Intention - a purpose or goal, aim (dictionary.com). An intention comes from deep inside, we have purpose, a goal to meet. This year I intend to be kinder to myself. I will pay attention to the negative voice inside my head. This intentions does not involve lifting more weights or completing a triathlon, but as a result of being nicer to myself I might make healthier choices. When I set an intention, if I fall off the horse, I can grab the stirrup and heave myself up again. After all, it is an inside job, no messy gym memberships or costly hypnosis involved. And the intention can change as I change. Yes it is all semantics, but there is enough pressure at this time of year to "fix" ourselves. What if we aren't broken? What if we are perfect the way we are at this moment in time? Grab that moment and go within. How can you be kinder, gentler, more loving today? Make that an intention, and have a brilliant New Year.

Saturday, December 13, 2014

Compassion Is For Sissies

I made it through Thanksgiving, and as a long time vegetarian recently turned vegan, it has become increasingly harder with each passing year. I cannot stand to see the freezer filled with Butterballs. But I shied away from writing about the mass of feelings surrounding the deaths of millions of birds and the resulting pictures that filled my Facebook newsfeed. Why? Because sometimes I feel as if compassion is mocked in our society. Men are called sissies for crying, women hysterical. We don't let our sensitivity show lest we are called weak. I do not see mobs of people sobbing in front of the lobster tank at Price Chopper. We kill. We kill people, we kill animals, we value killing. People cheered when Osama Bin Laden was killed. Many of us support the death penalty. And most of us eat dead cows, pigs, chickens and turkeys. Vegetarian Times Magazine released a study in 2008 that stated: "...3.2 percent of U.S. adults, or 7.3 million people, follow a vegetarian-based diet. Approximately 0.5 percent, or 1 million, of those are vegans, who consume no animal products at all. In addition, 10 percent of U.S., adults, or 22.8 million people, say they largely follow a vegetarian-inclined diet" (Vegetarian Times). Not a large percentage of the population. It is 2014 and if that study were repeated it might show an increase of vegetarians out there, but it is still just a drop in the bucket. I admit, I am a sensitive person, and sensitivity seems to be undervalued in our culture. If I were to say that every time I saw meat in a supermarket I felt upset, or that when I thought of baby cows taken away from their mothers to make dairy products, I teared up, you might call me insane. Who cries over milk, spilled or in a glass tumbler? Is there such a thing as too sensitive? I hope not. Dr. Nalini Chilkov explored the process of creating a compassionate society in her article on the Huffington Post. Although the article is based on the practice of Buddhism, she wrote: "The path to a compassionate society arises from the intentions and actions of individuals within that society. One small act of kindness and generosity ... one act of tenderness ... one act of selflessness ... each of these moments makes a difference. No act is too small." Maybe what is important for me today is to value my own compassion, and my own sensitivity. It is a big part of who I am. The trick is to suspend judgement of others, because that is not compassion at all. I choose to eat plants rather than animals. Maybe you are a carnivore. I value compassion today, but that doesn't mean that you do not, although in my mind I am screaming at you. And if you see someone crying in the meat department, please don't judge.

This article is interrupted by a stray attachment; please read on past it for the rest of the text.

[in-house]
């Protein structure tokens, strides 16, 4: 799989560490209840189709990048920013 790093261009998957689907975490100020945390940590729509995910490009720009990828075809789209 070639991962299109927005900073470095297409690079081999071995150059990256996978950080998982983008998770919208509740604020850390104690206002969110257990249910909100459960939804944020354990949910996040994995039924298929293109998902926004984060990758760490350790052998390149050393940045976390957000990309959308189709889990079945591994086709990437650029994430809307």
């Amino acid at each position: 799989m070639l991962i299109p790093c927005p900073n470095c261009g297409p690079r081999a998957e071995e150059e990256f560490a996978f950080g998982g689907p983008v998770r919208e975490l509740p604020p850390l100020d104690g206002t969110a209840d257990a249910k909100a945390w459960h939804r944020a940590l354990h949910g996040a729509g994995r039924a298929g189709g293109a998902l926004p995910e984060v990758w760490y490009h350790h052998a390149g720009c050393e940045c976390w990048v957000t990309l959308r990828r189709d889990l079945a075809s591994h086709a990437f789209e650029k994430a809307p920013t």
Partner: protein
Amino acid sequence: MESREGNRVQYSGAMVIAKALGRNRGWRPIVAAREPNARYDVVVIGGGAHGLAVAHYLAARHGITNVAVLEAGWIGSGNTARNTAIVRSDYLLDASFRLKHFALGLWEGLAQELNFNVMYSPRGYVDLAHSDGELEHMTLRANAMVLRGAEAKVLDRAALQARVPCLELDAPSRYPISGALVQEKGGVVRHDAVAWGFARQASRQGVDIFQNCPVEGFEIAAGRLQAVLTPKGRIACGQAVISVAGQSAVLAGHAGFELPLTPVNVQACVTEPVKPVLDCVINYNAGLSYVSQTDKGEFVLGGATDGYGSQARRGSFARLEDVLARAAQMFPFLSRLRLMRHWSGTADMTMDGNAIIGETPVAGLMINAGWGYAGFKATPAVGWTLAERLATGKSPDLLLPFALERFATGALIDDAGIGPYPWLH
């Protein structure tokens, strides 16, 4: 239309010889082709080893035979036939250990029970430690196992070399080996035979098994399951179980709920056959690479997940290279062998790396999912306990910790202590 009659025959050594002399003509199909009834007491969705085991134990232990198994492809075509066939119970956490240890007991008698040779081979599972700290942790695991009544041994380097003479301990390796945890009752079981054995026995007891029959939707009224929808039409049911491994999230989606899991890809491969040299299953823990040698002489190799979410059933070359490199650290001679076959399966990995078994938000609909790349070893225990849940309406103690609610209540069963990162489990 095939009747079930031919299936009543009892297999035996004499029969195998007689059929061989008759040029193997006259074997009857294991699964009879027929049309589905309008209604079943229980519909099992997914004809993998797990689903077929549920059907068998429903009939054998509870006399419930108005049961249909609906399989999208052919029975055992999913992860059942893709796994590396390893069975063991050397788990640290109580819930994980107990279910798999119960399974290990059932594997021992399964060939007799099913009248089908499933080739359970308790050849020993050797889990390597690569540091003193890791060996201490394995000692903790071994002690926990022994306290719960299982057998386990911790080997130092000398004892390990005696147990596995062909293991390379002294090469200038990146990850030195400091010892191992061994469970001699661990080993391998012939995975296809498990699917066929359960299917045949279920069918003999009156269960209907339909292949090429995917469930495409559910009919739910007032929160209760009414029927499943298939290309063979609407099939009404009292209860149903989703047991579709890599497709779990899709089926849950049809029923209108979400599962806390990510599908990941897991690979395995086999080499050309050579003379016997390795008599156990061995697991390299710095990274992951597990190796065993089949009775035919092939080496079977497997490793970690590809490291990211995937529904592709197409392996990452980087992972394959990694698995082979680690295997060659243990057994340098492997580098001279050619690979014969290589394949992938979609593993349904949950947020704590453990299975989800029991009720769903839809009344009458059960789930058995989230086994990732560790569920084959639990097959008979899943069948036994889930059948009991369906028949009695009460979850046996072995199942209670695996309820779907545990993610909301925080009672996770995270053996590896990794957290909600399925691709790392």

Saturday, November 15, 2014

Spiritual Adventuring

I cannot remember where I heard the term, "spiritual adventuring," but it struck me, enough to stop what I was doing and write it down. This blog post has been sitting here, blank, for at least a month, with only the title. As I write these words, I do not even know what the end result will be, but that is ok. By the time I hit the "publish" button, there will hopefully be a fully formed idea. For me, that is part of the fun of writing. I begin and see where it leads. To me, my spiritual life is similar to my spiritual life. I begin with a thought and see where it leads me. Over the years I have tread innumerable paths: from the religion of my upbringing (Christianity), to a place within the Unitarian Universalist community as a young adult, to experimentation in New Age concepts (yes I took a Tarot Reading course and explored Shamanism). I have participated in a past life regression, (don't even ask) and studied meditation and yoga. I have become a Reiki practitioner and have worked through twelve step programs. And I am still exploring.